Hell is a fully-connected network.

Occasionally I run into a particular situation that is based on a very fundamental misunderstanding of the function of social networks. In an effort to make an organization or industry more innovative, someone gets the idea that we need to get everyone talking to everyone else. In other words, the most innovative network is a fully connected network. If some connections are going to improve innovation then more conections are going to give you more innovations, right? Well, actually, the answer is no. In fact trying to achieve a fully connected network will inhibit innovation. There are probably three main reasons for this.

Dense Networks Can Be Insitutional Straight Jackets
Dense networks are really good at building and enforcing conformity. This has been a topic of interest for network researchers for many years and the theory behind it is very easy to understand. Think about it this way… what is the size of the smallest group that can enforce majority control? Anyone who grew up in a family with two other children can tell you that the answer is three. If there is a dispute, two can usually overpower the dissident. The underlying network structure of governance is therefore the triangle. Any way you draw it, the network of three is a triangle. A fully connected network is a network of triangles. You can see this clearly in the simple network below (from Chad Walker’s blog on network density in terrorist networks).

Fully-Connected Network

Information might flow quickly through the network but novelty and diversity are really going to struggle in this environment.

Real World Network Ties Aren’t Costless
The other problem relates to the cost of network ties. It takes time and effort to build and maintain relationships. Some relationships are going to be good for us but too many relationships are going to get us into trouble (something I’ve started to call the Tiger Woods principle). In one of our major studies of professional engineers in a very large business, reciprocity is the key dynamic that holds the network together. The connection is sustainble if both parties get someting out of the interaction. Past a certain point, it gets very hard to sustain too many interactions. In fact, trying to sustain the interactions will distract from the tasks associated with getting the job done.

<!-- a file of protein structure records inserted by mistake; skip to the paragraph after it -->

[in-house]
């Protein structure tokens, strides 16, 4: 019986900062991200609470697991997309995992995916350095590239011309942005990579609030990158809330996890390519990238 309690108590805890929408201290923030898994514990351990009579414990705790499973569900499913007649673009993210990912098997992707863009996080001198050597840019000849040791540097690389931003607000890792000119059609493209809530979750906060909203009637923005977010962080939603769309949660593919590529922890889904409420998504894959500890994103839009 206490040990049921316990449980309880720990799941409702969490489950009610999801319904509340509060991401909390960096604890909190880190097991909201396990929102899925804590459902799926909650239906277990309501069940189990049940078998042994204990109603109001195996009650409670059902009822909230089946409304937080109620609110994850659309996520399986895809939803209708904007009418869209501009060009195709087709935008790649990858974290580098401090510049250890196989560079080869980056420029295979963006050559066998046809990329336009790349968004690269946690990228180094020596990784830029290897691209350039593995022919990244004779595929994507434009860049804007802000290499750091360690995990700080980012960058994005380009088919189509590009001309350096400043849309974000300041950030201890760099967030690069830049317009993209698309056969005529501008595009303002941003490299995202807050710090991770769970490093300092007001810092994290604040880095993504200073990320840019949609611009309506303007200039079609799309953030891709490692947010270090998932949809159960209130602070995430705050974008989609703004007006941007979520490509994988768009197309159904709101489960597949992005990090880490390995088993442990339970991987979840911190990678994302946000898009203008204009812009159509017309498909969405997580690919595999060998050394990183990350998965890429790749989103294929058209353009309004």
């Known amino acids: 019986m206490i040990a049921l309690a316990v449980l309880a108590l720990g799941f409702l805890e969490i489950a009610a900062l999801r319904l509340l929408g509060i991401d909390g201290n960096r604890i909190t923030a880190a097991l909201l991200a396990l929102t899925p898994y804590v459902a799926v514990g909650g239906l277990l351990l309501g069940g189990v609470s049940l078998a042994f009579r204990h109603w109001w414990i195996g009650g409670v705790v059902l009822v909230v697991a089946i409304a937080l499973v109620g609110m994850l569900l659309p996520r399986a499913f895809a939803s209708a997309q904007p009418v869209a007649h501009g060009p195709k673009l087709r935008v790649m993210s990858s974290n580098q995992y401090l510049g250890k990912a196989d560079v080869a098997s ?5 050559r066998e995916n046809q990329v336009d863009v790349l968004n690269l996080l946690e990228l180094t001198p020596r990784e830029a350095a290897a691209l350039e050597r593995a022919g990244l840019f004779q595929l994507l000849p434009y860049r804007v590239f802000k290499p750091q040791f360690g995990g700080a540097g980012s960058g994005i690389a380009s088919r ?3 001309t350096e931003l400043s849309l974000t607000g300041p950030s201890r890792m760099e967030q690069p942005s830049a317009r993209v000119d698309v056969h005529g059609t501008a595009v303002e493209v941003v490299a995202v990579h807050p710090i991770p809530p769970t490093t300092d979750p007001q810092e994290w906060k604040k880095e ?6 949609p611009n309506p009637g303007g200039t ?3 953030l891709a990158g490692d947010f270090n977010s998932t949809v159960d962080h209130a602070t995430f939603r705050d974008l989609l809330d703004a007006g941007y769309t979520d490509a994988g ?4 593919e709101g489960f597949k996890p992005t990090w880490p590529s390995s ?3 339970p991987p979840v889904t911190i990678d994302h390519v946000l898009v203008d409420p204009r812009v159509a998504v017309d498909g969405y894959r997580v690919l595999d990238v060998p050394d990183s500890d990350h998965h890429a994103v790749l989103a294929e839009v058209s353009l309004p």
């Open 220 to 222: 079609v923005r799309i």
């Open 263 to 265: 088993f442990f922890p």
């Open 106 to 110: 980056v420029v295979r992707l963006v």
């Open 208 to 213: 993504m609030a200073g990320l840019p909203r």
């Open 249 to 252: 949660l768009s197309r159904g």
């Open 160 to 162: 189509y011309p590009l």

null

We Can’t Actually Handle Very Much Information
My final point is that we really can’t deal with very much information at one time. Access to more information doesn’t usually result in better decissions because we tend to prioritse information that we are familiar with and there is usually a rush towards the first feasible option. If you want a thorough coverage of how our brains are generally bad decision makers then read Daniel Kahneman’s “Thinking Fast and Slow”.

As far as we can tell, the natural structure for collaboration networks is clusters of people with a few links between the clusters. This creates spaces for novelty as well as connections between the groups to allow for formation of novel connections that are the basis for innovation. To misquote a particular French philosopher, hell is a fully connected network.

Please note: I reserve the right to delete comments that are offensive or off-topic.

Leave a Reply

6 thoughts on “Hell is a fully-connected network.

    • Hi Ralph

      thanks for that find (yet again… you do a great job in bringing these gems to the blog).
      I’ll do a post on that on Wednesday.

      John

  1. Nice post John,

    There is another, reason why fully connected networks are bad. The only way to get one is by enforcing a static network and not allowing new people to interact with it (as soon as new people come in, the connectivity of the whole network immediately goes down).

    We see this a lot. Social clubs, small towns “not invented here” organizations. They seek to enforce norms through high connectivity, but that inevitably means keeping the network closed and not allowing new information in.

    Greg

    • Hi Greg

      Totally agree with you here. Dense networks reinforce indentity and cohesion but they also define who is in the ‘ingroup’ and the ‘outgroup’

      John